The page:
So what’s the difference between the two data collection tagging technologies?

While RFID and barcodes differ across many areas, they both have a common goal:  automate the process of managing assets.   RFID tags have many advantages over barcodes; however they have not completely replaced that technology.

RFID tags do not require a line of sight, where barcodes do.  RFID also offers greater read ranges and read rates over barcodes, which can only be manually scanned one at a time, making them very human labor intensive.  RFID tags have the ability to read, write, modify, and trigger events, while barcodes are always read only.  RFID tags are more durable than barcodes, so they can be read even in very harsh environments.  RFID tags offer high security options such as encryption, where barcodes are easily replicated.  They can be encrypted and are very difficult to replicate.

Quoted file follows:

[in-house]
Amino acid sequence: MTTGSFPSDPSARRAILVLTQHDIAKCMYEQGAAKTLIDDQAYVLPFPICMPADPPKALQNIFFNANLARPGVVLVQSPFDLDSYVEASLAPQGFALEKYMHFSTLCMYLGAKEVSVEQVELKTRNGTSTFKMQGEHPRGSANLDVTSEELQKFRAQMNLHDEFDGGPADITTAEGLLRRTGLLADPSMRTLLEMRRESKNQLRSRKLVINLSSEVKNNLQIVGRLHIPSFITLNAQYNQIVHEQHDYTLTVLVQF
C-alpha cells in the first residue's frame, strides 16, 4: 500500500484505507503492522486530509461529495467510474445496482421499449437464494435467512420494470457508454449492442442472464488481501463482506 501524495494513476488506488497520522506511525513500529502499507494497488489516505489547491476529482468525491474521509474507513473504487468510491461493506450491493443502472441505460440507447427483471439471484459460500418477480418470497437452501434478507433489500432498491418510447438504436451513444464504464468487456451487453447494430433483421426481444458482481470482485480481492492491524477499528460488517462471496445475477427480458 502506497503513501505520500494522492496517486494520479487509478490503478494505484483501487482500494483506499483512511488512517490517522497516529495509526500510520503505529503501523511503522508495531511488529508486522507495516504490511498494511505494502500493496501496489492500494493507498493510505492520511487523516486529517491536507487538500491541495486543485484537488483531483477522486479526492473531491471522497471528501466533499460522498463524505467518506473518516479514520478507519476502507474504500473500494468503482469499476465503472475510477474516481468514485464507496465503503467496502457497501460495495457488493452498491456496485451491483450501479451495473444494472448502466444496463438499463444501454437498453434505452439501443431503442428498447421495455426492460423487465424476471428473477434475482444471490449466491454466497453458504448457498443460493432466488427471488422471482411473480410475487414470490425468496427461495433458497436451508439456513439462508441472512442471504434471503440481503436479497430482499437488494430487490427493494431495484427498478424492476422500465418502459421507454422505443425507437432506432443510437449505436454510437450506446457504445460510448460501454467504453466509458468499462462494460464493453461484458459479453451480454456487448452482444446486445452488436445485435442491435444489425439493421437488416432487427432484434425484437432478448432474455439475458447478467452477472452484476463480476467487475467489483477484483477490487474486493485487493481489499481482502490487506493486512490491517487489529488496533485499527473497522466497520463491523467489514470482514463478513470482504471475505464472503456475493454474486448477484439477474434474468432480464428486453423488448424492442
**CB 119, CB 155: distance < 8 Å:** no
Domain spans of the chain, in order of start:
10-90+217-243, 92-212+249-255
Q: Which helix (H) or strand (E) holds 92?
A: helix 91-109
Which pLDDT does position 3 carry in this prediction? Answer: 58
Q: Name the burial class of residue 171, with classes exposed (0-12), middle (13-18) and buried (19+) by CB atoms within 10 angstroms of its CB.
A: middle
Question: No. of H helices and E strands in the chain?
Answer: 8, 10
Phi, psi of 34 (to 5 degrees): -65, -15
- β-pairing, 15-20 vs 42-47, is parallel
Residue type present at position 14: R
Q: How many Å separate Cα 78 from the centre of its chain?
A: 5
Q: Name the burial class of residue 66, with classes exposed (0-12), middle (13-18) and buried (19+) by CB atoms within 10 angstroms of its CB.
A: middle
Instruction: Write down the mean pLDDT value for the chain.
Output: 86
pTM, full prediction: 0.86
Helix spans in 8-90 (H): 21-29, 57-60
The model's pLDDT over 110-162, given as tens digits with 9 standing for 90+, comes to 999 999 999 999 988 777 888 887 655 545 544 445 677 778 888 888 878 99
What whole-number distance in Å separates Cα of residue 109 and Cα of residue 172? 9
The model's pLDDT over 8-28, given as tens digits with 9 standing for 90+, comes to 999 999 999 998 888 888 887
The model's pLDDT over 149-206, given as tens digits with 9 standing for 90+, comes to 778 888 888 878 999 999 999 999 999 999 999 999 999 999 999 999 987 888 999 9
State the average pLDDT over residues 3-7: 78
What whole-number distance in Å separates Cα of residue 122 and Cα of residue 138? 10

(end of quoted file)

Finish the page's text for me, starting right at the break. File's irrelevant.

Although RFID tags are more expensive up front, their ROI can typically be realized in the first year, as end users experience a significant decrease in time spent inventorying IT assets, which results in them spending more time on other important initiatives.

Data Center managers have increasingly been turning to RFID to accelerate their return on DCIM tools and to automate the traditionally labor intensive asset audit process.  Many are seeing between a 10x and 15x savings in the time to audit their data centers and a significantly higher accuracy.